Opinion A New York school district confronts hatred in its yearbook — if not its mascot name

(Ellen Weinstein/For The Washington Post)

Cambridge Central School District, about an hour from Albany in Upstate New York, has been dealing with two potential sources of embarrassment: its yearbook and its mascot.

Both issues, in this predominantly White rural district, are about race.

In late May, the district’s high school halted distribution of its 2020-2021 yearbook after discovering that a senior boy had named Hitler’s “Mein Kampf” as his favorite book. When I read about this, I first thought administrators should let it be. Years from now, when other alums are ruing unflattering perms or indefensible shoulder pads, this kid can regret having produced hard evidence of being an antisemite and/or a jackass. Let the record stand, I thought, if only so we can briefly consider holding future governors accountable for it.

But I see why that doesn’t work. Yearbooks may feature the students, but they represent the school. The kid might or might not eventually be embarrassed by his bigotry, but the school that let him show off that bigotry definitely will be.

So the school recalled the yearbooks, which, it turns out, is not uncommon. Yearbooks have been recalled because a sign saying “F**k Police” was spotted in a picture of a Black Lives Matter rally. They have been recalled because a senior’s chosen quote was “Build that wall.” Because a Black student was designated most likely to "become a wanted criminal.” Because someone slipped in a Hitler quote and attributed it to George Floyd.

Speaking of Hitler (again), the Whitesville (N.Y.) Central School District recalled its 2018-2019 yearbook because the new social studies teacher was quoted explaining at length why the genocidal dictator was his favorite person in history. In the subsequent outcry, the superintendent blamed the student-run yearbook club for an “incomplete” quote that resulted in the statement “being mistakenly taken out of context.”

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But in what kind of context could praising a mass murderer make sense? What kind of person is this teacher, and what kind of school hired him? Are these institutions embarrassed because “accidental” racist content doesn’t represent them or because it does?

Which brings me back to Cambridge, where the question of whether something racist represents the school has dominated the entire school year. Not “Mein Kampf” — the district swiftly removed those pages and spliced in corrected ones — but something much more embarrassing and much harder to fix: its mascot.

Cambridge’s mascot is the “Indians.” A drawing of a Native American man in a feathered headdress features prominently on the district’s website, Facebook page, its gym floors and walls, its team uniforms and its fan gear.

At a school board meeting last week, after months of contentious community debate, the board introduced a resolution to retire the mascot name and imagery, effective July 1.

That’s soon, but it would be a long time coming. In 2001, the New York state education commissioner requested that New York schools “end the use of Native American mascots as soon as practical.” Cambridge, along with dozens of other schools, declined: 31 public high schools in New York State continue to use “Indian” as a mascot name. (That doesn’t count “Warriors,” “Raiders,” “Tomahawks” or “Braves.”)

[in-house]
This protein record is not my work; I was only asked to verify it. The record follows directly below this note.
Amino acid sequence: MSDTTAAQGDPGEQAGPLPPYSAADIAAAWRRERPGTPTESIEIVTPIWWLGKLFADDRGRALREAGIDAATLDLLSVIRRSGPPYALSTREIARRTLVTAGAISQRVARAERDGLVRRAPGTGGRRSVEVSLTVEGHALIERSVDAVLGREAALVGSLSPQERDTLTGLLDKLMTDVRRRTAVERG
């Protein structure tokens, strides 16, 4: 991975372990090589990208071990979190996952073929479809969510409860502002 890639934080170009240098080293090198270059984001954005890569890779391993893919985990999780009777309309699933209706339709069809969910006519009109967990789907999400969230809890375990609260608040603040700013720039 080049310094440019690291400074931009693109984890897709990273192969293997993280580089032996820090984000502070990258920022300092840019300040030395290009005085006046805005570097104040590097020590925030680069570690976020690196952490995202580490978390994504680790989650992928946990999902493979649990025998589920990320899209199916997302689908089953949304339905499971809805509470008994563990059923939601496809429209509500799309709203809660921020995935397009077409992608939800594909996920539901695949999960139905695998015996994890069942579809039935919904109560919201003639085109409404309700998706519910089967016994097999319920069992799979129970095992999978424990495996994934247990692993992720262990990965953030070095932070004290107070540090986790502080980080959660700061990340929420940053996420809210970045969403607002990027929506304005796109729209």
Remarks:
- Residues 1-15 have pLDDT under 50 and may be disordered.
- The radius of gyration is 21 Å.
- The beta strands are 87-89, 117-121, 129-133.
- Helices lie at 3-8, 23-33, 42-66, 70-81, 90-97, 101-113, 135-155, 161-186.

But 2020 was a watershed year, in which even the Washington Football Team finally agreed to change its name. In the summer, John Kane, an indigenous activist and Cambridge alum, started a petition to retire the mascot. It reads, in part, “Native mascots are dehumanizing and promote a damaging racial stereotype of an extremely marginalized people … It treats Native people as mere relics of the past; as if they no longer exist. It is erasure. It is genocide.”

Many Cambridge residents disagree, including Dillon Honyoust, a member of the Onondaga Nation. He started a petition to save the mascot, has campaigned fiercely to preserve it and was subsequently elected to the school board in a landslide. His argument is about pride, tradition and — like Kane’s — erasure. “Removing the Cambridge Indian name and logo,” he said on his Facebook page, “would be contributing to the erasing of the American Indian.” As if racial stereotypes and cultural appropriation were keeping the race itself alive.

The resolution on the table last week came to a different conclusion. It cited numerous advocacy groups calling for the end of Native American mascots, which “perpetuate narrow stereotypes of Native Americans that can harm children” as well as Cambridge’s own policy of “maintaining a positive and inclusive learning environment.” It pledged to continue displaying old awards and plaques, and to use the current uniforms until they wore out. It directed the board to develop a process to find a new name.

The resolution failed. Well, technically, it was tabled; board members agreed that they would vote for it only after it was altered with an amendment to keep the “Indian” name and “current imagery associated with that nickname should be reviewed with changes considered.” The amendment, in other words, will essentially invalidate the resolution it amends. The mascot for the almost all-White Cambridge Central schools will continue to be "Indians.”

The board’s consensus was that the community simply wasn’t ready for change.

In his opening statement on the issue, referring to both the “Mein Kampf” episode and the mascot debate, School Board President Neil Gifford bemoaned the fact that Cambridge’s reputation “has become one of racial insensitivity.”

“That’s not who we are,” he said. But for now it apparently is.

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